Qualify against the Kazakh champions and the under-19 players at Lennoxtown will benefit from an exclusive invitation to the inaugural running of the UEFA Youth League. Fail to do so, and with last week's news that the NextGen Series is to be suspended for at least a year, the most exacting challenge the club's youngsters will face is 12 months of humdrum Under-20 league and SFA Youth Cup matches, with perhaps the odd development friendly with a Barclays Premier League side thrown in.
Compared to the all-singing, all-dancing UEFA Youth League, that would understandably seem like the booby prize. Exposing Celtic's young players to quality opposition is a prerequisite in convincing Neil Lennon of their suitability for first-team duties and, short of loan spells at other top-flight clubs, nowhere will the standard be greater than in the UEFA Youth League.
When the draw for the Champions League group stages is made in Monaco on August 29, the pools drawn will also apply to the new blue riband event for continental youth football - assuming, that is, none of the 32 clubs decline the invite due to the relatively severe cost and logistical implications of entry. Should such an eventuality occur, the tournament's regulations say only that "replacement criteria will be defined by UEFA and communicated by a circular letter".
To date, however, none of the 22 confirmed entrants have indicated that they will withdraw, with either Celtic or Shakhter to join them when the winner of their tie is known. Each participating club must submit a list of 20 players, born on or after January 1, 1995 by September 3 - which in Celtic's case includes the likes of promising defender Stuart Findlay, winger Paul McMullan and striker Denny Johnstone - with any player who also plays three matches in either the Champions League or Europa League automatically becoming exempt from participation.
The big idea in all this is that matches should be played in close proximity to their corresponding Champions League matches, indeed the regulations insist that venues can be "no longer than 45-minute bus drive from the venue". Much like its more established counterpart, the eight group winners and eight runners up from the group stage of the Youth League then go through to a knockout phase from February onwards, playing in a series of single matches rather than two-legged affairs. The semi-finals and final will be played at the same neutral venue, which is also still to be confirmed, with a trophy named after former UEFA president Lennart Johannson awarded to the victors.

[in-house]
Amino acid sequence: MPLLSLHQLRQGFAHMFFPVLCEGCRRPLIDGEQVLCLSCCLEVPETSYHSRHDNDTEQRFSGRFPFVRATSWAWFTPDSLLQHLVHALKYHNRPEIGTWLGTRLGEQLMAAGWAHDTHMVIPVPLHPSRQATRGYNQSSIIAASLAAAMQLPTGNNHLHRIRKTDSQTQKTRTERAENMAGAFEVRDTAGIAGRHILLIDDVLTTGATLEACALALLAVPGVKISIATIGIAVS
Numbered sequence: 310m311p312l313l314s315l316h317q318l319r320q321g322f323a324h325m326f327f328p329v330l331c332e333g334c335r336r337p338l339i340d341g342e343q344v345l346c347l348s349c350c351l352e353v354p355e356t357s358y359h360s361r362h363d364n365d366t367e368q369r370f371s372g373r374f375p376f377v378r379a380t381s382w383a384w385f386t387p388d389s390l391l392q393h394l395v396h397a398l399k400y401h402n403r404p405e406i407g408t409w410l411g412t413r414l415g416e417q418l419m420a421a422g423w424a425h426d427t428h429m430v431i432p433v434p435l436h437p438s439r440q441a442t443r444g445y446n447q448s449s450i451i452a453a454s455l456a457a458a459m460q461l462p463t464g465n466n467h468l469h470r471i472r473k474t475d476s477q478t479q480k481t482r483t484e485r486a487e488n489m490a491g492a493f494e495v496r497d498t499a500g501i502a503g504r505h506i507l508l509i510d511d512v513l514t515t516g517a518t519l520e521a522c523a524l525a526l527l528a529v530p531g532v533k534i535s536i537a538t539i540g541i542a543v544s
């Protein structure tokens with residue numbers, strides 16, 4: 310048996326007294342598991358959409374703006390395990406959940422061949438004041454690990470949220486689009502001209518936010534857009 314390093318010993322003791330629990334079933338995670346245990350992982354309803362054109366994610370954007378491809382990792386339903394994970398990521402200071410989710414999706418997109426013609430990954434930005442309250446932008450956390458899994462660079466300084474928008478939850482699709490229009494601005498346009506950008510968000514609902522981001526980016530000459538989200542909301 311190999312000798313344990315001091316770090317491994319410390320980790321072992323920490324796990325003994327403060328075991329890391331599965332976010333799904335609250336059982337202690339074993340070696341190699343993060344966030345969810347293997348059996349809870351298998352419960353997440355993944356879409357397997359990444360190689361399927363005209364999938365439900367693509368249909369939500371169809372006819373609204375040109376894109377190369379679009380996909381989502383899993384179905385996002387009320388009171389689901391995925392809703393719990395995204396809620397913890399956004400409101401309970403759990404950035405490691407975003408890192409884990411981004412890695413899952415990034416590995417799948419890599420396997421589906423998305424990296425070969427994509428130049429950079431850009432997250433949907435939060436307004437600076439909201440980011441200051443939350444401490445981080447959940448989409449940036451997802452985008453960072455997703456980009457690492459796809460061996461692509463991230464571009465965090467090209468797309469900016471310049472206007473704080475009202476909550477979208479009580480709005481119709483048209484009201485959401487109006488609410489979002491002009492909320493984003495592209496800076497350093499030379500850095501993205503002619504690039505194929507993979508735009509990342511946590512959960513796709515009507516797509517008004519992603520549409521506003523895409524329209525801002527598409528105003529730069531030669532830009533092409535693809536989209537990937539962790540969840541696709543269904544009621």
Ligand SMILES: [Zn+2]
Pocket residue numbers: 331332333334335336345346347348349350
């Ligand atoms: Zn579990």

Although the co-founders of the NextGen Series, Mark Warburton and Justin Andrews, had sworn blind that their brainchild would continue into 2013/14 and beyond, going up against UEFA clearly affected the viability of their competition and it was somehow inevitable when they announced they would suspend for a year due to lack of funding. Lack of willing clubs was not the problem since there is a waiting list of other big European clubs keen to participate.
Sources at the competition privately despair, too, that with so much funding supposedly earmarked for youth development at cash-rich organisations such as the FA, UEFA and FIFA, a tournament specifically designed "to assist with the development of Europe's elite players" effectively failed through lack of investment, while its replacement does not actually adhere to the cherished principles of "best v best". The UEFA Youth League, for instance, contains no place for Aston Villa, who won last season's NextGen title, while beaten finalists Chelsea, who can field Scottish-Somali youngster Islam Feruz again this season, do make the grade. "Just because your first team is brilliant," as one source said, "it doesn't automatically follow that your youth team is brilliant."
Come next spring, the NextGen Series may yet return, perhaps resembling a youth version of the Europa League. If events in Astana on Tuesday afternoon are any guide, few teams may be hoping for its return more than Celtic.